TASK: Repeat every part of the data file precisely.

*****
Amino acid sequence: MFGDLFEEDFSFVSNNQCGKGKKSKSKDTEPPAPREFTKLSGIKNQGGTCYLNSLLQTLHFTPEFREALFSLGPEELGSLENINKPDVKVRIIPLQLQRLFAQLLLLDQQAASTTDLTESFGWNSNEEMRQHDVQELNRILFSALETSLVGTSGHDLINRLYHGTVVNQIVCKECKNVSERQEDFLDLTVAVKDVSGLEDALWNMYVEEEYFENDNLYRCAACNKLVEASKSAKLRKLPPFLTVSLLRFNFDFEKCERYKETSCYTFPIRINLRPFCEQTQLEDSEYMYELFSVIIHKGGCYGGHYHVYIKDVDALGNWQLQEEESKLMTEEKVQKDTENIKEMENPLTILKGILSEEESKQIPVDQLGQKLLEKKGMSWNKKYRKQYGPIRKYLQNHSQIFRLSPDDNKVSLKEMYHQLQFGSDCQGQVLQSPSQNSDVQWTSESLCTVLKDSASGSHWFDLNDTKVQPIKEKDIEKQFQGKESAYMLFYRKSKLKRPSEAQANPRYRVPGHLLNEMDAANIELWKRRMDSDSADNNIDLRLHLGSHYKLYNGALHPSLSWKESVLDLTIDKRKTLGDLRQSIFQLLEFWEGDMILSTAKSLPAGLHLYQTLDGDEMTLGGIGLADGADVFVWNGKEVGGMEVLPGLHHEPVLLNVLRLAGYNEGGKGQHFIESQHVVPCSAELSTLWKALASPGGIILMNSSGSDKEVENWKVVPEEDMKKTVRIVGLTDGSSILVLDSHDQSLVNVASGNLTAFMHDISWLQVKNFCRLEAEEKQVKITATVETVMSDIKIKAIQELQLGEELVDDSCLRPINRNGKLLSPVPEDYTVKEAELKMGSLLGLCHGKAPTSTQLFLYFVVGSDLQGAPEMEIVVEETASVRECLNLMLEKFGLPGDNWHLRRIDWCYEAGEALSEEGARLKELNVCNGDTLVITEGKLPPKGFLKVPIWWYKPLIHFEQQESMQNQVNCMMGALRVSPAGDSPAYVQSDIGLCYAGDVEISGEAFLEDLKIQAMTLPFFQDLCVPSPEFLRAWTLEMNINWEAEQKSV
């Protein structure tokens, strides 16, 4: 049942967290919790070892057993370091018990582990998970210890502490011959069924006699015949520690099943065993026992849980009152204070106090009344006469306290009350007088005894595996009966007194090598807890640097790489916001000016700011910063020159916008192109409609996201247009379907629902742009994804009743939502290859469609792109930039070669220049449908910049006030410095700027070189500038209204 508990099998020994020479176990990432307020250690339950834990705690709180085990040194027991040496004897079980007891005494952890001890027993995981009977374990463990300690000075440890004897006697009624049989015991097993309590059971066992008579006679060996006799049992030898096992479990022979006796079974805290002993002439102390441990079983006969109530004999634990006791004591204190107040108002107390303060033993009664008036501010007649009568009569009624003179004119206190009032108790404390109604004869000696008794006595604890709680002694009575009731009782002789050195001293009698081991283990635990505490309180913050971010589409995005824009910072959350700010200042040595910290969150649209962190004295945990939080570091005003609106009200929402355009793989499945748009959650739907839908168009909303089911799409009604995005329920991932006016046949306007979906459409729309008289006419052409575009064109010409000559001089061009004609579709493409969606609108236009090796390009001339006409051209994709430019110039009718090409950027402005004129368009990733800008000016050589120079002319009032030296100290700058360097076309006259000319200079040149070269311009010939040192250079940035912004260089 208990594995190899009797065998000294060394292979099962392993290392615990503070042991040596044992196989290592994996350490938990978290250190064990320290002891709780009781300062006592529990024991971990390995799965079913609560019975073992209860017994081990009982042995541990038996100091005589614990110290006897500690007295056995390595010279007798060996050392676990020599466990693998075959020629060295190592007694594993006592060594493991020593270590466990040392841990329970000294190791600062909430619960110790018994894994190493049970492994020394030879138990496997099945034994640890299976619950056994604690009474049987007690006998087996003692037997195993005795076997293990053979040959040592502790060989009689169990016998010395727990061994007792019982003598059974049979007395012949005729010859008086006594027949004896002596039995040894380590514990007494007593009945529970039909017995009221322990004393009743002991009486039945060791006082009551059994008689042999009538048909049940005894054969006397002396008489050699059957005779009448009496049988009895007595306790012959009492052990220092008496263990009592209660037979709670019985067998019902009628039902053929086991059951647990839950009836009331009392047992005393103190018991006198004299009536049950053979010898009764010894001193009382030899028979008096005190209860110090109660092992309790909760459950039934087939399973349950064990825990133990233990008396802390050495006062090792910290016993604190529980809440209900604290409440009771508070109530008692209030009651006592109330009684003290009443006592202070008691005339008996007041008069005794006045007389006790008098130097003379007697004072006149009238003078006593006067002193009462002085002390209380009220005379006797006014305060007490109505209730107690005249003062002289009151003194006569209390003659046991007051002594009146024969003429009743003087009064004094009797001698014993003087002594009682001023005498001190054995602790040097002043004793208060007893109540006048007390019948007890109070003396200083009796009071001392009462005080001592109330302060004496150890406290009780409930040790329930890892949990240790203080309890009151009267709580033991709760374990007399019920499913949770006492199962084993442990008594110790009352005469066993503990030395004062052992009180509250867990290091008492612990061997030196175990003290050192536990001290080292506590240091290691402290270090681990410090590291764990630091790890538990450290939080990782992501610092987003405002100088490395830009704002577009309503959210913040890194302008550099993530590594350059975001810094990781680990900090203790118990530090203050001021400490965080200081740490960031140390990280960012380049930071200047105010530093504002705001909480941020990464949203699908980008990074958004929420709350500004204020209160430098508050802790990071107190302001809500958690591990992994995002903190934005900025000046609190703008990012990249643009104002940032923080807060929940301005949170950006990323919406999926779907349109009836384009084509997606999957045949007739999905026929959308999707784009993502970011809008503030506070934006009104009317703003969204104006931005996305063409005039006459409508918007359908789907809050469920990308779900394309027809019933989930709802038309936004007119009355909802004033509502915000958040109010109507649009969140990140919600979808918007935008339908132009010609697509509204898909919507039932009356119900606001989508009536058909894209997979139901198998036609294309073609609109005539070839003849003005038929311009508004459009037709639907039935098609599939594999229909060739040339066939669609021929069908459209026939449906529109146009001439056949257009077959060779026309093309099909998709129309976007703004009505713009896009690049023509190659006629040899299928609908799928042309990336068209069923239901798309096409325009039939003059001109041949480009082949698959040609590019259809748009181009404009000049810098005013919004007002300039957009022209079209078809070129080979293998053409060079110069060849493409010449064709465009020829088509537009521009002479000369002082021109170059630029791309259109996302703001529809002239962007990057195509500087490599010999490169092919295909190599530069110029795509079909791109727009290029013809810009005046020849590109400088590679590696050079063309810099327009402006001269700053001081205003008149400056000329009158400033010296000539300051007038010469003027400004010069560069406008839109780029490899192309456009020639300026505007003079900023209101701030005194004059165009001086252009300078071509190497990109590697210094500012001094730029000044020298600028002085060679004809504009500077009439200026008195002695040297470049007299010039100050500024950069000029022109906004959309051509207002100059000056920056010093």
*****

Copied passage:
Amino acid sequence: MFGDLFEEDFSFVSNNQCGKGKKSKSKDTEPPAPREFTKLSGIKNQGGTCYLNSLLQTLHFTPEFREALFSLGPEELGSLENINKPDVKVRIIPLQLQRLFAQLLLLDQQAASTTDLTESFGWNSNEEMRQHDVQELNRILFSALETSLVGTSGHDLINRLYHGTVVNQIVCKECKNVSERQEDFLDLTVAVKDVSGLEDALWNMYVEEEYFENDNLYRCAACNKLVEASKSAKLRKLPPFLTVSLLRFNFDFEKCERYKETSCYTFPIRINLRPFCEQTQLEDSEYMYELFSVIIHKGGCYGGHYHVYIKDVDALGNWQLQEEESKLMTEEKVQKDTENIKEMENPLTILKGILSEEESKQIPVDQLGQKLLEKKGMSWNKKYRKQYGPIRKYLQNHSQIFRLSPDDNKVSLKEMYHQLQFGSDCQGQVLQSPSQNSDVQWTSESLCTVLKDSASGSHWFDLNDTKVQPIKEKDIEKQFQGKESAYMLFYRKSKLKRPSEAQANPRYRVPGHLLNEMDAANIELWKRRMDSDSADNNIDLRLHLGSHYKLYNGALHPSLSWKESVLDLTIDKRKTLGDLRQSIFQLLEFWEGDMILSTAKSLPAGLHLYQTLDGDEMTLGGIGLADGADVFVWNGKEVGGMEVLPGLHHEPVLLNVLRLAGYNEGGKGQHFIESQHVVPCSAELSTLWKALASPGGIILMNSSGSDKEVENWKVVPEEDMKKTVRIVGLTDGSSILVLDSHDQSLVNVASGNLTAFMHDISWLQVKNFCRLEAEEKQVKITATVETVMSDIKIKAIQELQLGEELVDDSCLRPINRNGKLLSPVPEDYTVKEAELKMGSLLGLCHGKAPTSTQLFLYFVVGSDLQGAPEMEIVVEETASVRECLNLMLEKFGLPGDNWHLRRIDWCYEAGEALSEEGARLKELNVCNGDTLVITEGKLPPKGFLKVPIWWYKPLIHFEQQESMQNQVNCMMGALRVSPAGDSPAYVQSDIGLCYAGDVEISGEAFLEDLKIQAMTLPFFQDLCVPSPEFLRAWTLEMNINWEAEQKSV
């Protein structure tokens, strides 16, 4: 049942967290919790070892057993370091018990582990998970210890502490011959069924006699015949520690099943065993026992849980009152204070106090009344006469306290009350007088005894595996009966007194090598807890640097790489916001000016700011910063020159916008192109409609996201247009379907629902742009994804009743939502290859469609792109930039070669220049449908910049006030410095700027070189500038209204 508990099998020994020479176990990432307020250690339950834990705690709180085990040194027991040496004897079980007891005494952890001890027993995981009977374990463990300690000075440890004897006697009624049989015991097993309590059971066992008579006679060996006799049992030898096992479990022979006796079974805290002993002439102390441990079983006969109530004999634990006791004591204190107040108002107390303060033993009664008036501010007649009568009569009624003179004119206190009032108790404390109604004869000696008794006595604890709680002694009575009731009782002789050195001293009698081991283990635990505490309180913050971010589409995005824009910072959350700010200042040595910290969150649209962190004295945990939080570091005003609106009200929402355009793989499945748009959650739907839908168009909303089911799409009604995005329920991932006016046949306007979906459409729309008289006419052409575009064109010409000559001089061009004609579709493409969606609108236009090796390009001339006409051209994709430019110039009718090409950027402005004129368009990733800008000016050589120079002319009032030296100290700058360097076309006259000319200079040149070269311009010939040192250079940035912004260089 208990594995190899009797065998000294060394292979099962392993290392615990503070042991040596044992196989290592994996350490938990978290250190064990320290002891709780009781300062006592529990024991971990390995799965079913609560019975073992209860017994081990009982042995541990038996100091005589614990110290006897500690007295056995390595010279007798060996050392676990020599466990693998075959020629060295190592007694594993006592060594493991020593270590466990040392841990329970000294190791600062909430619960110790018994894994190493049970492994020394030879138990496997099945034994640890299976619950056994604690009474049987007690006998087996003692037997195993005795076997293990053979040959040592502790060989009689169990016998010395727990061994007792019982003598059974049979007395012949005729010859008086006594027949004896002596039995040894380590514990007494007593009945529970039909017995009221322990004393009743002991009486039945060791006082009551059994008689042999009538048909049940005894054969006397002396008489050699059957005779009448009496049988009895007595306790012959009492052990220092008496263990009592209660037979709670019985067998019902009628039902053929086991059951647990839950009836009331009392047992005393103190018991006198004299009536049950053979010898009764010894001193009382030899028979008096005190209860110090109660092992309790909760459950039934087939399973349950064990825990133990233990008396802390050495006062090792910290016993604190529980809440209900604290409440009771508070109530008692209030009651006592109330009684003290009443006592202070008691005339008996007041008069005794006045007389006790008098130097003379007697004072006149009238003078006593006067002193009462002085002390209380009220005379006797006014305060007490109505209730107690005249003062002289009151003194006569209390003659046991007051002594009146024969003429009743003087009064004094009797001698014993003087002594009682001023005498001190054995602790040097002043004793208060007893109540006048007390019948007890109070003396200083009796009071001392009462005080001592109330302060004496150890406290009780409930040790329930890892949990240790203080309890009151009267709580033991709760374990007399019920499913949770006492199962084993442990008594110790009352005469066993503990030395004062052992009180509250867990290091008492612990061997030196175990003290050192536990001290080292506590240091290691402290270090681990410090590291764990630091790890538990450290939080990782992501610092987003405002100088490395830009704002577009309503959210913040890194302008550099993530590594350059975001810094990781680990900090203790118990530090203050001021400490965080200081740490960031140390990280960012380049930071200047105010530093504002705001909480941020990464949203699908980008990074958004929420709350500004204020209160430098508050802790990071107190302001809500958690591990992994995002903190934005900025000046609190703008990012990249643009104002940032923080807060929940301005949170950006990323919406999926779907349109009836384009084509997606999957045949007739999905026929959308999707784009993502970011809008503030506070934006009104009317703003969204104006931005996305063409005039006459409508918007359908789907809050469920990308779900394309027809019933989930709802038309936004007119009355909802004033509502915000958040109010109507649009969140990140919600979808918007935008339908132009010609697509509204898909919507039932009356119900606001989508009536058909894209997979139901198998036609294309073609609109005539070839003849003005038929311009508004459009037709639907039935098609599939594999229909060739040339066939669609021929069908459209026939449906529109146009001439056949257009077959060779026309093309099909998709129309976007703004009505713009896009690049023509190659006629040899299928609908799928042309990336068209069923239901798309096409325009039939003059001109041949480009082949698959040609590019259809748009181009404009000049810098005013919004007002300039957009022209079209078809070129080979293998053409060079110069060849493409010449064709465009020829088509537009521009002479000369002082021109170059630029791309259109996302703001529809002239962007990057195509500087490599010999490169092919295909190599530069110029795509079909791109727009290029013809810009005046020849590109400088590679590696050079063309810099327009402006001269700053001081205003008149400056000329009158400033010296000539300051007038010469003027400004010069560069406008839109780029490899192309456009020639300026505007003079900023209101701030005194004059165009001086252009300078071509190497990109590697210094500012001094730029000044020298600028002085060679004809504009500077009439200026008195002695040297470049007299010039100050500024950069000029022109906004959309051509207002100059000056920056010093």